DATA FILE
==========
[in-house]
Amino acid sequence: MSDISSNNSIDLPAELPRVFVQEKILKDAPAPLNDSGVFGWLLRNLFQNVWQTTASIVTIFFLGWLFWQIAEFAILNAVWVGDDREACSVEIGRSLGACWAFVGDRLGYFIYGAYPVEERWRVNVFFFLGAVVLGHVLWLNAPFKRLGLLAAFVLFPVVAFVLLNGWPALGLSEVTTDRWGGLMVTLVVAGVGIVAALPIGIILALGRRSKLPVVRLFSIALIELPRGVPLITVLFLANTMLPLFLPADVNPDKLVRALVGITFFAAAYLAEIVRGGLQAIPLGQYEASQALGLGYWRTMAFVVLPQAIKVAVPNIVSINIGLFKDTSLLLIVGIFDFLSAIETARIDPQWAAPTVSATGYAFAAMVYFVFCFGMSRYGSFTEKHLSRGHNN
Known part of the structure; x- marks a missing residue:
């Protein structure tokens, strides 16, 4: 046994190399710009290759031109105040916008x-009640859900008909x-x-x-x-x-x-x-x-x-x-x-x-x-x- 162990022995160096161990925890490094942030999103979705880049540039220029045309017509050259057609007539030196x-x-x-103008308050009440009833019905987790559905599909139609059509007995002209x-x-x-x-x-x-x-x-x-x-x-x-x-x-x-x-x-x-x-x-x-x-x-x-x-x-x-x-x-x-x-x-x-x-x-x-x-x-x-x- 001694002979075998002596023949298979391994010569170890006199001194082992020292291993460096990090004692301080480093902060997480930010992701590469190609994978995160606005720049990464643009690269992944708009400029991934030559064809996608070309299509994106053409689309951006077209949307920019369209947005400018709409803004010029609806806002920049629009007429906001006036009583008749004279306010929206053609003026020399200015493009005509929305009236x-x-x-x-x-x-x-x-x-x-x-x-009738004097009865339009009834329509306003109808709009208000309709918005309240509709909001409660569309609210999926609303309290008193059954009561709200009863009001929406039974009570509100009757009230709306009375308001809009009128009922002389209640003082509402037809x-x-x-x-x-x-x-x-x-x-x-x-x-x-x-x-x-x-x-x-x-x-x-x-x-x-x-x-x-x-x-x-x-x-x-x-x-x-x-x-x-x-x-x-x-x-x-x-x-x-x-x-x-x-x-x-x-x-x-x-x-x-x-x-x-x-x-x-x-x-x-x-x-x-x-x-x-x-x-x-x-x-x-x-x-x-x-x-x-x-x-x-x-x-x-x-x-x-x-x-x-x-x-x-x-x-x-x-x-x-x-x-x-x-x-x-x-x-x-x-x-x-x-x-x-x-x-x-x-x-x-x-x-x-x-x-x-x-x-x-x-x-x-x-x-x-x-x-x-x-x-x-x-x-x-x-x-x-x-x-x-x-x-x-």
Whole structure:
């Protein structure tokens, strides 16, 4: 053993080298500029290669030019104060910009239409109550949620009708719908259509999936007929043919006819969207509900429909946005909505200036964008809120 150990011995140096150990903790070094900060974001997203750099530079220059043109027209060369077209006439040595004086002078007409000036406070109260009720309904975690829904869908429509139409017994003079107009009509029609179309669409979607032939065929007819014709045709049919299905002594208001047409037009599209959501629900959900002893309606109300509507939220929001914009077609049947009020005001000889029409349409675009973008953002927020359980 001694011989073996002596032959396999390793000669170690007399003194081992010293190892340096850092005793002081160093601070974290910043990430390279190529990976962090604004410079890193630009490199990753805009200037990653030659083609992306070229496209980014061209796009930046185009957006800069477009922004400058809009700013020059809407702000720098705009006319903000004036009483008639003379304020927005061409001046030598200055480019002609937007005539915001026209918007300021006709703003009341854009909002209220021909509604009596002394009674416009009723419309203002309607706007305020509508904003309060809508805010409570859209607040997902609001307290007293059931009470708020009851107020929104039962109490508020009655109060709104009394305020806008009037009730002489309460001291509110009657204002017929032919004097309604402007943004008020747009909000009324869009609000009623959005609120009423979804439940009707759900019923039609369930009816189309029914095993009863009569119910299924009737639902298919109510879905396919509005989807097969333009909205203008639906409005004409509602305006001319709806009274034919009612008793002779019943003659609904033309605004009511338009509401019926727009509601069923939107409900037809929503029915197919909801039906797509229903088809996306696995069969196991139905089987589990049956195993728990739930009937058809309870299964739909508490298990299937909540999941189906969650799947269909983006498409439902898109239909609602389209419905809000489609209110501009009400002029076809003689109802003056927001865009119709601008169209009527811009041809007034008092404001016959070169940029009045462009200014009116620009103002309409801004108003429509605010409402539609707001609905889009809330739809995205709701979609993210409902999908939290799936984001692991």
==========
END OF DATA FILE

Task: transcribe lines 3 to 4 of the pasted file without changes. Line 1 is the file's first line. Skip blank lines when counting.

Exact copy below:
Known part of the structure; x- marks a missing residue:
């Protein structure tokens, strides 16, 4: 046994190399710009290759031109105040916008x-009640859900008909x-x-x-x-x-x-x-x-x-x-x-x-x-x- 162990022995160096161990925890490094942030999103979705880049540039220029045309017509050259057609007539030196x-x-x-103008308050009440009833019905987790559905599909139609059509007995002209x-x-x-x-x-x-x-x-x-x-x-x-x-x-x-x-x-x-x-x-x-x-x-x-x-x-x-x-x-x-x-x-x-x-x-x-x-x-x-x- 001694002979075998002596023949298979391994010569170890006199001194082992020292291993460096990090004692301080480093902060997480930010992701590469190609994978995160606005720049990464643009690269992944708009400029991934030559064809996608070309299509994106053409689309951006077209949307920019369209947005400018709409803004010029609806806002920049629009007429906001006036009583008749004279306010929206053609003026020399200015493009005509929305009236x-x-x-x-x-x-x-x-x-x-x-x-009738004097009865339009009834329509306003109808709009208000309709918005309240509709909001409660569309609210999926609303309290008193059954009561709200009863009001929406039974009570509100009757009230709306009375308001809009009128009922002389209640003082509402037809x-x-x-x-x-x-x-x-x-x-x-x-x-x-x-x-x-x-x-x-x-x-x-x-x-x-x-x-x-x-x-x-x-x-x-x-x-x-x-x-x-x-x-x-x-x-x-x-x-x-x-x-x-x-x-x-x-x-x-x-x-x-x-x-x-x-x-x-x-x-x-x-x-x-x-x-x-x-x-x-x-x-x-x-x-x-x-x-x-x-x-x-x-x-x-x-x-x-x-x-x-x-x-x-x-x-x-x-x-x-x-x-x-x-x-x-x-x-x-x-x-x-x-x-x-x-x-x-x-x-x-x-x-x-x-x-x-x-x-x-x-x-x-x-x-x-x-x-x-x-x-x-x-x-x-x-x-x-x-x-x-x-x-x-």